I feel like I’m limping along on this book, in part because I find myself with a suddenly heavy review reading requirement. I’m trying to read a little bit each day, or a big chunk once every few days. I continue to love the writing, and to find it accessible, and to just love B16 even more as I wonder and wander. I think when (if?) I’m done with this one, I’ll definitely pick up the first book of the three Jesus books.

New to My Review Shelf

Totally Catholic! A Catechism for Kids and Their Parents and Teachers, by Mary Kathleen Glavich, SND (Pauline Books & Media, 2013)

I am so excited about this little gem that I wrote to Pauline and asked for it when I caught wind of it a few weeks ago. And when it arrived in my mailbox, I was SOOOOO proud of myself for not dropping everything and just diving into it. Soon, though. Verrrrrry soon. It’s just about a guaranteed purchase for a few catechist friends of mine and I suspect once our DRE catches wind of it, there will be parish purchases…

Here’s a bit about it:

Are you looking for a way to accessibly communicate the faith to your kids, but are at a loss for words? Is your older child preparing for receiving the sacraments, but needs to catch-up on their religious education? Do you want to brush up on your knowledge and grow in your faith, especially in celebration of the Year of Faith?

In this comprehensive resource for faith formation, children ages 9-12 and the grown-ups in their lives are provided with child-appropriate, helpful, and theologically-correct language to explain the faith…from A to Z! Whether you are a parent, grandparent, teacher, or catechist, this guidebook of all things totally Catholicoffers you an exciting way to share and pass on the faith!

Drawing from the Catechism of the Catholic Church and using ‘hip’ terminology and acronyms such as “BTW” and “VIP,” content is presented in a way that reaches out to young people-and even to adults looking for an accessible window into the faith. Analogies illuminate difficult concepts, bolded key terms are defined, and a pronunciation aid accompanies more advanced language. Clip art style illustrations and call-out boxes present the faith in a fun way.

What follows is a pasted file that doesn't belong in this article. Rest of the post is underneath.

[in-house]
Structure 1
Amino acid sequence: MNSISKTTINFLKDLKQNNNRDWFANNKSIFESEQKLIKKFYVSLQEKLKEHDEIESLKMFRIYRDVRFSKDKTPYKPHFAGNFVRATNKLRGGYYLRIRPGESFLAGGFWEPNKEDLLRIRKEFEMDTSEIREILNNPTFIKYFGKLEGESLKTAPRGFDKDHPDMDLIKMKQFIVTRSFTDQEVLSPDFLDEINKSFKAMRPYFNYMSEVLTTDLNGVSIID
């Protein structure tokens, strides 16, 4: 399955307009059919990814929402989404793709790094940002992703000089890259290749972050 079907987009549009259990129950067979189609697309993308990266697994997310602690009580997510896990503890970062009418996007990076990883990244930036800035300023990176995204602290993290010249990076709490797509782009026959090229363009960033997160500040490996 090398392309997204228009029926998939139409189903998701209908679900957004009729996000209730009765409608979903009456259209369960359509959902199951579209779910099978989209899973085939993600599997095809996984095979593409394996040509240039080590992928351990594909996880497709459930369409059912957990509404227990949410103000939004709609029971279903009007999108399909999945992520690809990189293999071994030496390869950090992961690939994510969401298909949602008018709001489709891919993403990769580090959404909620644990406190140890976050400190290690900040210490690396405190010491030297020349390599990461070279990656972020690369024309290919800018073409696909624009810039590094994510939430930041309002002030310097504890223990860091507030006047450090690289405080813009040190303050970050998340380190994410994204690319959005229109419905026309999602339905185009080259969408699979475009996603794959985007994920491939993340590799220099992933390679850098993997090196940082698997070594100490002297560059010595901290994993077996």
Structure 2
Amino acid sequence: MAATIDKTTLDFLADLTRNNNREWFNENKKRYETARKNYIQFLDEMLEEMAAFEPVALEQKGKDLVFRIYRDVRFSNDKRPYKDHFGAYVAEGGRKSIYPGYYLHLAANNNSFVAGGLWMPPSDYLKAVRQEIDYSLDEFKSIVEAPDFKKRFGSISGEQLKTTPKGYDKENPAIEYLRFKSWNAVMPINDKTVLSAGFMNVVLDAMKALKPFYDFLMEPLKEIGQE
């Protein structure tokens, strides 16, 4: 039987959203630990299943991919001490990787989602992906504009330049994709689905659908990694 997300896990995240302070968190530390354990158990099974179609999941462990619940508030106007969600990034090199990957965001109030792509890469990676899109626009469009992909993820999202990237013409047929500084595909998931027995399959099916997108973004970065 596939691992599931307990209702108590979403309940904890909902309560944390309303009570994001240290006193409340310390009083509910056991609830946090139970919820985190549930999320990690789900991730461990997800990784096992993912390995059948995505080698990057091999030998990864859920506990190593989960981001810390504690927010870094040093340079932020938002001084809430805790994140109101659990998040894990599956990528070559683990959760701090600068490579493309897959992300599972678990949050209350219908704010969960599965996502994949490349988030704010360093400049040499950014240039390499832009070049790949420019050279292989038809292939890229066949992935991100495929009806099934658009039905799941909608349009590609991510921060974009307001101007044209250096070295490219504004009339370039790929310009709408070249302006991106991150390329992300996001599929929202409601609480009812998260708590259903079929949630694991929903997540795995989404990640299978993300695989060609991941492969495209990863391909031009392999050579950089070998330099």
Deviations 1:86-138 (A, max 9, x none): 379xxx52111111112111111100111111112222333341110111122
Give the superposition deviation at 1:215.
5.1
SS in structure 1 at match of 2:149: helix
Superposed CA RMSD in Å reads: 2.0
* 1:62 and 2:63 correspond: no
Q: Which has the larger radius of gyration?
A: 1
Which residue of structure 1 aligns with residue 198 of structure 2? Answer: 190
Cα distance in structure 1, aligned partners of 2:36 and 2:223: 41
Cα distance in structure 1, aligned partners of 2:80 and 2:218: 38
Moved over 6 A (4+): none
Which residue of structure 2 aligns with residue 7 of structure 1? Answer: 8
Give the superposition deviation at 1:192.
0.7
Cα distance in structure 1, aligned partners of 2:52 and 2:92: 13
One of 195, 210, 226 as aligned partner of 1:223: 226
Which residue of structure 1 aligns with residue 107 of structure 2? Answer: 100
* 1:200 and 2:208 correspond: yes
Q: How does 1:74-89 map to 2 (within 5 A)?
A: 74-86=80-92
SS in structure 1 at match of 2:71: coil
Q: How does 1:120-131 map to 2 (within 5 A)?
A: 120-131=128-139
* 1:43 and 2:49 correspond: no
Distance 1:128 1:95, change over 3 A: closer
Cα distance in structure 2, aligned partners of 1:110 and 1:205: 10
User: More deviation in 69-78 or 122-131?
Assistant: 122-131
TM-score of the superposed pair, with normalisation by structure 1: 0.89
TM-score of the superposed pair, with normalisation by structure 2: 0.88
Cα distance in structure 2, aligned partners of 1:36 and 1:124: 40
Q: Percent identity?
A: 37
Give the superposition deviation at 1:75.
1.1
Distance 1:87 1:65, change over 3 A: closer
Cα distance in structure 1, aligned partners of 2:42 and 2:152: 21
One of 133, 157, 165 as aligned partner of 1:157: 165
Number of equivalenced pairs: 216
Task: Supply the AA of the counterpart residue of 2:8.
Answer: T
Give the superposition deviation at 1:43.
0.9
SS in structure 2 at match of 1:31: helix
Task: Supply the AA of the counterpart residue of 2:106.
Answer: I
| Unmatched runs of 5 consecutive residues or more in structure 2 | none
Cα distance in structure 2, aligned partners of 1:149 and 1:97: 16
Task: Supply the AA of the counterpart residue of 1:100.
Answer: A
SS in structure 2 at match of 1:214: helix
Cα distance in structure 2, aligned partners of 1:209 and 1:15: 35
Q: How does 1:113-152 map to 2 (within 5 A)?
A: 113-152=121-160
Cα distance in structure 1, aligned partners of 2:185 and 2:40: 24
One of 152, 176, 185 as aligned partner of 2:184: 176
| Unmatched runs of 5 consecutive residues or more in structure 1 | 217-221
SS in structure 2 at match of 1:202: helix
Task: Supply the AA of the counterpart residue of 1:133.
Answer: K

From Bible stories, to the sacraments, to Church hierarchy, to the fruits of the Holy Spirit, this resource covers all bases. It also responds to contemporary societal issues such as abortion, euthanasia, and homosexuality, along with issues that kids might directly deal with in their day-to-day lives such as cheating, plagiarism, and gossip.

Containing extensive information on what Catholics believe and how they live as members within the community of believers, this manual not only equips you with knowledge of the faith, but also encourages you to engage in it.

Rock-Bottom Blessings: Discovering God’s Abundance When All Seems Lost, by Karen Beattie (Loyola Press, 2013)

I am curious enough about this book that it made my review shelf, as opposed to my giveaway pile. Here’s what Amazon has to say about it:

What does it mean to live an abundant life? Some might say living abundantly means living comfortably, having the family you always dreamed of, receiving accolades from your peers, in short—living a life that is commonly accepted by many as blessed. But what if having an abundant life is morethan the “good life”? Can we actually be blessed in the midst of serious disappointments and setbacks?

In Rock-Bottom Blessings, Karen Beattie makes the case that true abundance is found in the transformation that happens when we experience God’s presence during periods of grief, loss, and disappointment. With the help of her friends and her newfound Catholic faith, she learns to trust that God’s plan is better than hers. Beattie began to see life’s challenges as gifts to be accepted like all other gifts: with reverence and gratitude.

Beattie’s story makes abundantly clear: it is the suffering, death, and resurrection of Christ (the paschal mystery) that can inspire us not only to find blessings in every season of our lives, but to be utterly transformed by God’s riches.

What have YOU been reading lately?

*Are you on Goodreads? I’ll see you there!

Curious about what my ratings mean? Here’s an explanation of what the stars mean to me.

Be sure to check out our Book Notes archive.

Copyright 2013, Sarah Reinhard